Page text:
Local Ten Sleep climber Ali Rainey posted an end-of-summer top 10 report on the Petzl blog. In it, she had this to say,
6. Bozeman climbers--wow. They are STRONG! I’ve never seen so many peeps who can throw down 5.13+ so quickly who aren’t from Boulder or Salt Lake City. It’s not a big city (about 40,000 people). I’m impressed. I wish I knew all of their names to list, but I don’t. Suffice it to say, watch out for the Bozeman climbing crowd.

If ever there was a challenge, there it is! Come on, Missoula climbers. The winter training season is just around the corner. Get your psyche on, get strong, and next year, it's on to Ten Sleep to represent!!

Tuesday, October 19, 2010

Lost and Found

A couple of items have been reported found.

Found at the North Rim climbs: a nice pair of sunglasses. Thanks to Scott for reporting these.

Found in Blodgett, Parking Lot Wall on "Graupel Wars:" a nice draw. Thanks to Brian and Carlene for this one.

If either are yours, send an email to millcreeknorthrim at gmail with a detailed description of the item and we'll hook you up.

Monday, September 27, 2010

Lolo Concierge Treatment

Submitted by Ken Turley

I feel I've climbed my share up in Lolo over the past 7 years. In reality though, my experience has been pretty minimal, limited to repeat trips to Elk, Tor and Braxton. A look in the Falcon guide shows the granite domes have a lot more to offer. And that's only part of the story. In the last 3 years the Lolo scene has experienced a resurgence in development, resulting in a significant increase in routes and a huge burst in new boulder problems, all thanks to the tireless efforts and psych of Levi, Dean, Kelsey and others.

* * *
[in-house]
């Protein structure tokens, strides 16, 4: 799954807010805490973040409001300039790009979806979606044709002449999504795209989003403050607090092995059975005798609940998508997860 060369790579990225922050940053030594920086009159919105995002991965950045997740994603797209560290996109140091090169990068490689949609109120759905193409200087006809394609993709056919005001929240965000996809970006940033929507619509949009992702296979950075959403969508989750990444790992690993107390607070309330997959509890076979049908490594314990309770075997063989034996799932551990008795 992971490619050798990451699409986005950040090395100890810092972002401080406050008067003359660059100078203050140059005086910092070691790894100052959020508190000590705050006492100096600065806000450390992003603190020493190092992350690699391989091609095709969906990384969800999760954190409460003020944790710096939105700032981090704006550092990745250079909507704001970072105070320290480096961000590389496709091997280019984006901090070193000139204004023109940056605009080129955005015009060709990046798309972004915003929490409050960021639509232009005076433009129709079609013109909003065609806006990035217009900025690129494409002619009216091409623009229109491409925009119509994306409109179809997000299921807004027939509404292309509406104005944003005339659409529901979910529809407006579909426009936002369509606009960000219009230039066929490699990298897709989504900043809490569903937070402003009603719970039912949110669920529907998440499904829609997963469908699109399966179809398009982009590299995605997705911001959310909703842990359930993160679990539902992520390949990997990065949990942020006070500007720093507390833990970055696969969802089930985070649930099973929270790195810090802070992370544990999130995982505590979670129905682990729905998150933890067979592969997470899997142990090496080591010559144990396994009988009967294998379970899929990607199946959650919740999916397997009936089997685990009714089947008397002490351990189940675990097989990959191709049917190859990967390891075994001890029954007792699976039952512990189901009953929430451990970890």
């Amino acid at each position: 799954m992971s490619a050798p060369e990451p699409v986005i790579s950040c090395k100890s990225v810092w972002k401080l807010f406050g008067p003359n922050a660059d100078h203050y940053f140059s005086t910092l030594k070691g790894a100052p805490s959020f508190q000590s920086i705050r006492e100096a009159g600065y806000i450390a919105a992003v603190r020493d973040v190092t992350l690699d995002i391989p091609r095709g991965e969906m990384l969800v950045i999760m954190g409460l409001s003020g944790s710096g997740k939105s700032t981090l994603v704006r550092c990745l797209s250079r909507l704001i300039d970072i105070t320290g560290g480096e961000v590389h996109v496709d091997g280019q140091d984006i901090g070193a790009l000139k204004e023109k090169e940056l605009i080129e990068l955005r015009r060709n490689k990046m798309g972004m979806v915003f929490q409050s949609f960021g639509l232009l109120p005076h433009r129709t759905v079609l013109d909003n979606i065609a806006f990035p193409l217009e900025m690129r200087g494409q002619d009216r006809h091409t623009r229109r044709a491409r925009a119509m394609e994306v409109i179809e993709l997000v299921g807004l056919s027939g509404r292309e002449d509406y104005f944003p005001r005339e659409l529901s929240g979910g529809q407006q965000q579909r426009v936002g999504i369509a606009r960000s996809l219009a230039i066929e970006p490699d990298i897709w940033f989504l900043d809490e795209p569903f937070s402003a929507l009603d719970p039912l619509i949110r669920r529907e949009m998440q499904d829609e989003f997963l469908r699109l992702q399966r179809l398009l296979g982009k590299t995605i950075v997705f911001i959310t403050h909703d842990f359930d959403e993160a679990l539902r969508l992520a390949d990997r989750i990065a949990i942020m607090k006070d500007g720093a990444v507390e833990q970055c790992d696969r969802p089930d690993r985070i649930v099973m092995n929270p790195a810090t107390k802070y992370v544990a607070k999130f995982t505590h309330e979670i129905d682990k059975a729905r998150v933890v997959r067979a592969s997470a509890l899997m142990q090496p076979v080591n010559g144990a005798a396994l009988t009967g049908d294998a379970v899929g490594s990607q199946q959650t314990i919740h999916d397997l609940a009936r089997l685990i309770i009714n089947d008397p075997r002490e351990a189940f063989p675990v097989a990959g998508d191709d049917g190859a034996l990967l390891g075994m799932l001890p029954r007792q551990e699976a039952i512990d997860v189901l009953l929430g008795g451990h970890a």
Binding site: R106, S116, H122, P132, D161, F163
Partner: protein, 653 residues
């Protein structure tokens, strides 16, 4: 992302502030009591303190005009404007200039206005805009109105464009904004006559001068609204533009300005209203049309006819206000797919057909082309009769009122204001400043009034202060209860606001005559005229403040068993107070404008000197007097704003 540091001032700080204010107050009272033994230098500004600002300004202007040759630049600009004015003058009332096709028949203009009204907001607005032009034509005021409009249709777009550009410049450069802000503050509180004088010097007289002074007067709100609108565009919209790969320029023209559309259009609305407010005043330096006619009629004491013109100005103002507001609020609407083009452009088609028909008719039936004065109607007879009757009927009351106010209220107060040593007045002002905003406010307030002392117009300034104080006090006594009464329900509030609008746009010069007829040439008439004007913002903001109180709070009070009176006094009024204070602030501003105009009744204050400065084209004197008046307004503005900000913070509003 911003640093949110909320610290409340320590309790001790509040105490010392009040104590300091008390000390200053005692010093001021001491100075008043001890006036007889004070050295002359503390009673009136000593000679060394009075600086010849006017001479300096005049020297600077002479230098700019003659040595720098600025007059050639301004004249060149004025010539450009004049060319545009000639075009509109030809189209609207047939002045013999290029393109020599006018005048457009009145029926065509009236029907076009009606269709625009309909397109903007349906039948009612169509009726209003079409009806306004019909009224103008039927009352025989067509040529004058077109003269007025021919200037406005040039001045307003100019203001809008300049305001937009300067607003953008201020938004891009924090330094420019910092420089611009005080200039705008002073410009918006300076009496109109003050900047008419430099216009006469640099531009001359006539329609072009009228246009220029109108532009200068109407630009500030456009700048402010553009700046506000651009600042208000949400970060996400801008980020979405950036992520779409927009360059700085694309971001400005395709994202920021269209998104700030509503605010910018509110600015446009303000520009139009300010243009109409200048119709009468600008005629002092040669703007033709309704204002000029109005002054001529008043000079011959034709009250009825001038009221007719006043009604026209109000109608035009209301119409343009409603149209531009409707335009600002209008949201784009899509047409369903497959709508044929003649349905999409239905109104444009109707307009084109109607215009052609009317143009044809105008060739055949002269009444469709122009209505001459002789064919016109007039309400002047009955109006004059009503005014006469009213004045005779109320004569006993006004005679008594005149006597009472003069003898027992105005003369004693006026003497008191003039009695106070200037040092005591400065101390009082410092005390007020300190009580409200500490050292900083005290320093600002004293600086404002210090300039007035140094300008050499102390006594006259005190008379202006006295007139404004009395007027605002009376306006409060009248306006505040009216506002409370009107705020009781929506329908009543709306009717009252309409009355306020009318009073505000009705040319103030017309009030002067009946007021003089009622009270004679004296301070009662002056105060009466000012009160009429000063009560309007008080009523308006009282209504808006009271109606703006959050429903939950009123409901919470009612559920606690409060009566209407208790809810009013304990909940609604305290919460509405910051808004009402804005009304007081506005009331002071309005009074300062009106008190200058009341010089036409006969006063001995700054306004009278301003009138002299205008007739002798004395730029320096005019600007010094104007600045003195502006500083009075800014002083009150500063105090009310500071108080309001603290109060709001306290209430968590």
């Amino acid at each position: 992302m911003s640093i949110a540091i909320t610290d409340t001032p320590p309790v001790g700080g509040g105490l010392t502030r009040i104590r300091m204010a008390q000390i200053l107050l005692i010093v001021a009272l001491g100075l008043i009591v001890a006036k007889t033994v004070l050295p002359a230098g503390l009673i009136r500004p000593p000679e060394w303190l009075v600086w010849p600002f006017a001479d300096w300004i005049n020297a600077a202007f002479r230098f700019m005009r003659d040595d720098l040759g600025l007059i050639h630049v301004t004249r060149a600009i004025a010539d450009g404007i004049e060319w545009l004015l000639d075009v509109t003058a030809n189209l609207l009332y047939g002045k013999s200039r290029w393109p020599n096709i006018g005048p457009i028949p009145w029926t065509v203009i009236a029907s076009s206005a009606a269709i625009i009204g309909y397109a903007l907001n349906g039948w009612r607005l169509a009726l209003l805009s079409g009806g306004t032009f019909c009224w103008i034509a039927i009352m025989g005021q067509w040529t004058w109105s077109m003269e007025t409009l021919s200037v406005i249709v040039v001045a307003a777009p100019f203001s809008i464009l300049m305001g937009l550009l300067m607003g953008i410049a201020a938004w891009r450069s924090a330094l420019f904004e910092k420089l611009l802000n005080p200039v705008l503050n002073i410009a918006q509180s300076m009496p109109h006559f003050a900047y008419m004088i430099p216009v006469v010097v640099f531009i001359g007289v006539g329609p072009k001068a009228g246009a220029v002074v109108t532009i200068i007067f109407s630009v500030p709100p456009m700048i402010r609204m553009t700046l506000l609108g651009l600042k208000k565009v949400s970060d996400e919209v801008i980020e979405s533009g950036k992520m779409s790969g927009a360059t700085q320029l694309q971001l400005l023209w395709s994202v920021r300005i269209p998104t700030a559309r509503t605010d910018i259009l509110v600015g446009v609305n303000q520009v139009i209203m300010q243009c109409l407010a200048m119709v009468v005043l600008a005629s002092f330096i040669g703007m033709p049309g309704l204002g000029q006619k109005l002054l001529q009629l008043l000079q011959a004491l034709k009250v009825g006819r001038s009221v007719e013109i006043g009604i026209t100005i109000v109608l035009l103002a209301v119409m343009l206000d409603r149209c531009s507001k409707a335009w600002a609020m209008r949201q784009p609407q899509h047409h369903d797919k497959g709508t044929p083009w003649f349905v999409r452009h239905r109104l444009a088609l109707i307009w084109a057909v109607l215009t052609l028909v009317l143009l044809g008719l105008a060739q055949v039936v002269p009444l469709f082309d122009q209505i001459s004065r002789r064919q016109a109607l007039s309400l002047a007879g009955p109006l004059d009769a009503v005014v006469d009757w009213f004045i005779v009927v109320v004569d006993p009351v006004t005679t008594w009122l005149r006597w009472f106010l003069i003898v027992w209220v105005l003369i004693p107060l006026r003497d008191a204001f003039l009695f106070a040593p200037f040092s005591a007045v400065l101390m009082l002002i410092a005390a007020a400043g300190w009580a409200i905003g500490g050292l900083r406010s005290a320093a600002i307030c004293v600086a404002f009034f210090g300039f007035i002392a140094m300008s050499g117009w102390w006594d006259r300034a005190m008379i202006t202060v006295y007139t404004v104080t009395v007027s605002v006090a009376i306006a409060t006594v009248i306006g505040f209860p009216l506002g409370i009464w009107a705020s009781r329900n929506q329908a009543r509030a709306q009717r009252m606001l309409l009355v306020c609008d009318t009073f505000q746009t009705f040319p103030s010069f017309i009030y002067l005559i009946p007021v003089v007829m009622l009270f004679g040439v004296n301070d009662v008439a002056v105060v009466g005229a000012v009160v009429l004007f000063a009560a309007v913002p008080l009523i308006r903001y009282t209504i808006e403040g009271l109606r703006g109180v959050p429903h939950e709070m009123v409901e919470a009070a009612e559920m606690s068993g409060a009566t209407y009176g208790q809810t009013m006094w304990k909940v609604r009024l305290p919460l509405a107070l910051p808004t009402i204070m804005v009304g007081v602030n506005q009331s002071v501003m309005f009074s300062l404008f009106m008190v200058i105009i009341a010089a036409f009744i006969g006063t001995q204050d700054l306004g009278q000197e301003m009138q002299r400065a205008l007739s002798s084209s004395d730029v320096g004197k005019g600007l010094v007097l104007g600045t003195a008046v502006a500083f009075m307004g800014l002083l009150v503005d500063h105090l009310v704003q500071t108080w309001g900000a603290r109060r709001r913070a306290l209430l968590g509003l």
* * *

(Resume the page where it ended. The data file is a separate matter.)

Taking advantage of a break in Levi's schedule, I was able to hook up with the man himself this past Sunday. Our goal was to view some of the new routes and boulders I'd never seen, and maybe get me on one or two.

After topping off the tank and the cooler in town, we drove to vicinity of Tor rock, making a detour onto a side road for a peek at a couple of lesser domes not in the guidebook. Here I got to inspect two new bolted 12s on Roll Rock featuring bouldery starts that I'll definitely add to my list for a return visit. Levi also directed my attention to a shady outcrop through the trees across the road. Up-slope from a mountain stream sits a new project bolted by Scotty. Once Sparkered and company send, hard 5.13 sport will be firmly established in Lolo.

Back on Granite Creek Road, we headed beyond Tor to mile marker 6 and a gated logging road. This is the approach to the Random Events wall (page 70 in the Falcon guide). I'd heard quite a lot about the high quality and unique pockets of the routes here, especially Cappuccino Cowboy. More and more it seems, this route is spoken of with high regard, as a must-do 5.12 in our area. It has even been blogged about by Levi and other climbers much stronger than me.